By Abbi Overfelt
April 9, 2014
LAURINBURG — A two-car collision put a stop to traffic on Aberdeen Road for about 15 minutes on Wednesday afternoon, but no one was seriously injured, according to emergency personnel.
Holly Storey, of Scotland County Rescue, said the driver of a burgundy SUV was taken to Scotland Memorial Hospital by ambulance after the vehicle was struck on its driver’s side and rolled, but that she appeared to have only minor injuries. The driver’s young daughter, a passenger in the vehicle, appeared to be uninjured, Storey said.
Storey said according to the driver and to witnesses, the SUV, which was traveling on Aberdeen Road, rolled after being struck by a small white car pulling a trailer, which “pulled out in front of” the SUV from Old Wire Road at about 3:15 p.m. The SUV came to rest on its wheels, she said, and it took responders about 15 minutes to clear the roadway.
Storey and other emergency personnel were at the scene of a minor accident at the intersection of Aberdeen and McFarland roads, a little more than a mile away, when a bystander alerted them to the collision, she said.
The Laurinburg Fire Department, Scotland County EMS and the Scotland County Sheriff’s Office also responded, she said. The Highway Patrol arrived to investigate the accident after traffic had resumed its normal pattern.
The names of the drivers were not available Wednesday. The Highway Patrol did not immediately answer calls to its office.
For Storey, who has worked in rescue for 17 years and also works at county EMS, Wednesday’s collision was just another example of why there should be a stoplight at the four-way intersection.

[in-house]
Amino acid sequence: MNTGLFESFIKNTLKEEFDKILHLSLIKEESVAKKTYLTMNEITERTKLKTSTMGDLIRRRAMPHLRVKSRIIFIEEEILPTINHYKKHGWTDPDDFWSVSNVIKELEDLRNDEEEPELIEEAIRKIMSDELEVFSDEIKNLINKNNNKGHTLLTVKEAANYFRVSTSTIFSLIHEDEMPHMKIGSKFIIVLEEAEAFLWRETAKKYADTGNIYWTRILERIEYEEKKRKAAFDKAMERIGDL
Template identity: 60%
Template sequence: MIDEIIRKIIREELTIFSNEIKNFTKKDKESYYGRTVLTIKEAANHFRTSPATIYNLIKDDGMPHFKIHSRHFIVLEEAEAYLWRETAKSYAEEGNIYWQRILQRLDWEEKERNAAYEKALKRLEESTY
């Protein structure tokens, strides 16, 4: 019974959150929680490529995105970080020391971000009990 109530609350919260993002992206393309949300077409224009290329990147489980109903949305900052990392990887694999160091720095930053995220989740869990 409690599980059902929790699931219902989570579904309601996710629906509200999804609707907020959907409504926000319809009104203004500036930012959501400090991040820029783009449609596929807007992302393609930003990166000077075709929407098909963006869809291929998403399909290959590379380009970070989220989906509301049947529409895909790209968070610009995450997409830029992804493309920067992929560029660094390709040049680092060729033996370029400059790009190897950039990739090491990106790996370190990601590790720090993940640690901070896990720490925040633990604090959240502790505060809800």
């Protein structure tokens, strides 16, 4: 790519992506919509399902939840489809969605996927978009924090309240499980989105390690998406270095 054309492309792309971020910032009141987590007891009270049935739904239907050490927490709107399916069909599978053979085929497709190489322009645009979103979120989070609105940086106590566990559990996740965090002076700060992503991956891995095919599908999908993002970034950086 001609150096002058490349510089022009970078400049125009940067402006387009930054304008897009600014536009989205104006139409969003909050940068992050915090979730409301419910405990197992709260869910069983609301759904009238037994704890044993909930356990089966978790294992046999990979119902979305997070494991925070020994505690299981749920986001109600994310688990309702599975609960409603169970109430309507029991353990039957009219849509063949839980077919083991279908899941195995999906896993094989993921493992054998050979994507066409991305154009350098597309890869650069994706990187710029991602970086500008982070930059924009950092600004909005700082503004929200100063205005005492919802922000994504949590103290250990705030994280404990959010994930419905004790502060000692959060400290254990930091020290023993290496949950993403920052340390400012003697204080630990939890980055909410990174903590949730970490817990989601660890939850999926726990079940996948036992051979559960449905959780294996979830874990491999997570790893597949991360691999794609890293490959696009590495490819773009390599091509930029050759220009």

“I’ve worked 20 wrecks here, and I’m probably forgetting some,” she said. “I’ve seen them happen when I was sitting in line waiting to turn … we’ve been clearing a wreck and seen another one happen.”
Aberdeen Road inclines shortly beyond the intersection, which Storey says makes it hard for those waiting at the Old Wire Road stop signs to see what’s coming.
“Because of the blind spots and the amount of traffic on this road, we need a stop light here really bad,” she said.
According to the North Carolina Department of Transportation, the intersection is the most dangerous one in the county, with 39 reported crashes occurring there from 2007 to 2011. The only other county intersection with more than 20 wrecks reported during the same time frame is U.S. 15 at Plaza Road, with 31.
Seventy-four people have been injured in 108 crashes on Scotland County roads this year, according to the department. Last week, two people died in a head-on collision. Alcohol is said to have been a factor in that incident.
If statistics follow the 14-year trend on the state DOT website, more than 500 people will be injured this year on county roads.
Abbi Overfelt can be reached at 910-276-2311, ext. 12. Follow her on Twitter @aoinscotco.